02 December 2009

The 38th Signal: An Open Invite to Jason Fried

I'm more artist than entrepreneur, so my business manager (i.e., my husband) scans periodicals like the Wall Street Journal and Inc. in search of crumbs of information and insight I might want to link up with an idea from a book, poem, movie or experience and develop into a blog post.

Meanwhile, I try to slog through One Hundred Years of Solitude in time for a discussion group and gaze longingly at the unwieldy stack of other books I'd rather read (see photo at right) piling up on my work table. Chances are each one will become part of a mishap involving one of my cats (that's Katie marking them with a rub) at least twice before I get to them--IF I get to them. Some are fiction, some are nonfiction, some are poetry, and some are prose; I love them all!

I also love--okay, more accurately, really like--a lot of what entrepreneur Jason Fried says in Inc. magazine's November 2009 "The Way I Work" feature, which hubby flagged for me most recently. Fried is the 30-something co-founder of 37Signals, a Chicago-based tech firm launched in 1999. Here are some of his very cool statements:
"I don't believe in the 40-hour workweek, so we cut all that BS about being somewhere for a certain number of hours. I have no idea how many hours my employees work--I just know they get the work done."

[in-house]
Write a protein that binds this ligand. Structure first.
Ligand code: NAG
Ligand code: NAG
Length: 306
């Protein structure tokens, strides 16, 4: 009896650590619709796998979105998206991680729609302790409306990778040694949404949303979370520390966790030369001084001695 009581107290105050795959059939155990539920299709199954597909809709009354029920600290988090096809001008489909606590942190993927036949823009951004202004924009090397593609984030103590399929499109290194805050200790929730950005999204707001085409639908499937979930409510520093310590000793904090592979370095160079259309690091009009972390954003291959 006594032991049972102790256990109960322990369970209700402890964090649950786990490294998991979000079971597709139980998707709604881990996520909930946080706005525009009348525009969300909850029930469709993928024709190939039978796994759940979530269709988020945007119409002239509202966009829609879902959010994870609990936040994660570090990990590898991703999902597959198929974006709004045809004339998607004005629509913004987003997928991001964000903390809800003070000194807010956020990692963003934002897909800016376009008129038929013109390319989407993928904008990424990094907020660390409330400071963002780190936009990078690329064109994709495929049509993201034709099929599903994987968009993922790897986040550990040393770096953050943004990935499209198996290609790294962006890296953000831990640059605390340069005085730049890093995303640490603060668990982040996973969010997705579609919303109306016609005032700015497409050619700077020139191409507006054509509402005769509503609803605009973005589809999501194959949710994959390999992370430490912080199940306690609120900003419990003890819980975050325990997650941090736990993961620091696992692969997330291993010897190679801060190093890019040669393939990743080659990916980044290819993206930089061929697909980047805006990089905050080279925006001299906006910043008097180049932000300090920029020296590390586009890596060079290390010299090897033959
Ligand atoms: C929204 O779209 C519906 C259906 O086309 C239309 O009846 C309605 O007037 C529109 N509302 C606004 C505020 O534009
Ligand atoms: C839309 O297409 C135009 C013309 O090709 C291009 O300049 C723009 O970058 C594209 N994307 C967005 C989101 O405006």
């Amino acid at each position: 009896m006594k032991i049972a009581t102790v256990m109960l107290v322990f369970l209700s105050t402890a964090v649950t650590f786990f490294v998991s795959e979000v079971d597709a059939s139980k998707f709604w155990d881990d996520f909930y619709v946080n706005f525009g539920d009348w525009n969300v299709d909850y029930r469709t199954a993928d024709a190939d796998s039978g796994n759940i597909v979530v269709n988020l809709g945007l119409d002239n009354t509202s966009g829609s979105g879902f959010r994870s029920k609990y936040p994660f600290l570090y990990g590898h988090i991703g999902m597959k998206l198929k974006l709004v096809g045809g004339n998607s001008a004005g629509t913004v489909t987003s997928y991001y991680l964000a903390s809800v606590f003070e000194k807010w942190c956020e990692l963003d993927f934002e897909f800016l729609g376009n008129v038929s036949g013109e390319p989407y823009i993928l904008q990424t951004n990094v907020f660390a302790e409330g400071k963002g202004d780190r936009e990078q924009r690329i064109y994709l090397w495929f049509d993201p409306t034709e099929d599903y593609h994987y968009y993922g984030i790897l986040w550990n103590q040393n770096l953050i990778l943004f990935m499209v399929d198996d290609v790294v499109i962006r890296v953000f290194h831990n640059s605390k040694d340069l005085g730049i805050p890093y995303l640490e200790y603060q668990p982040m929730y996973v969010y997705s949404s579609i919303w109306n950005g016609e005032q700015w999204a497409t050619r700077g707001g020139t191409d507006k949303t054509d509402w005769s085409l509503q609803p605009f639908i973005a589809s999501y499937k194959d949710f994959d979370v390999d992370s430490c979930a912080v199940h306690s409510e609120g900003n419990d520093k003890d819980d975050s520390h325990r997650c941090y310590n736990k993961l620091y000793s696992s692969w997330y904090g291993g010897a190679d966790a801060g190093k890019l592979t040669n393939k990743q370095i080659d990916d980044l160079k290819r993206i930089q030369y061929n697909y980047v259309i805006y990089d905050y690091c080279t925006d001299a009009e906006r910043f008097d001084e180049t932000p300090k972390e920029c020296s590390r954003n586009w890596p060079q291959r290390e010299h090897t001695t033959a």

"We rarely have meetings. I hate them. They're a huge waste of time, and they're costly...they chop your day into small bits, so you have only 20 minutes of free time here or 45 minutes there. Creative people need unstructured time to get in the zone. You can't do that in 20 minutes."
"After lunch, I get a little lazy between 1 p.m. and 3 p.m. I don't feel that productive, so I'm usually screwing around, which I think is really important."
 "I like to read in the middle of the day, to give myself a break."
So far, so good. I especially like that last statement, because reading is a passion with me. But alas, my enchantment ends with the very next set of quoted words out of Fried's mouth: "I don't read fiction. I find it a waste of time. There are so many amazing things that are real; I don't need to spend any time on a made-up story."

Huh. So much for "screwing around."

I agree, there are many amazing things that are "real"; I just happen to think fiction is also one them. More than that, fiction is good for you. That said, Fried's attitude isn't unique. As a writer and writing teacher, I've heard many down-to-earth, upstanding folk say they think fiction is something untrue and they should neither read nor write it. But these views could use some reframing.

Here's how my teachers explained it to me when I studied fiction and creative writing in college: Fiction is something more true than mere fact, true in a "Yes, that feels right in my bones" way. It may or may not have been made up in whole or in part. Often it begins in something that really did happen. But then, as it becomes crafted or fashioned, it differs from an historical event. It is the story of something, rather than its history, but no less true because we touch it with our minds and our feelings instead of our fingers and our wristwatches.

"Fiction is about possible selves in possible worlds," says Keith Oatley, Ph.D., who with colleagues at the University of Toronto looks at how fiction affects people differently than nonfiction. What they found in a 2006 study was that reading fiction is associated with increased social ability and greater empathy. "Through stories," Oatley says, "selfhood can expand."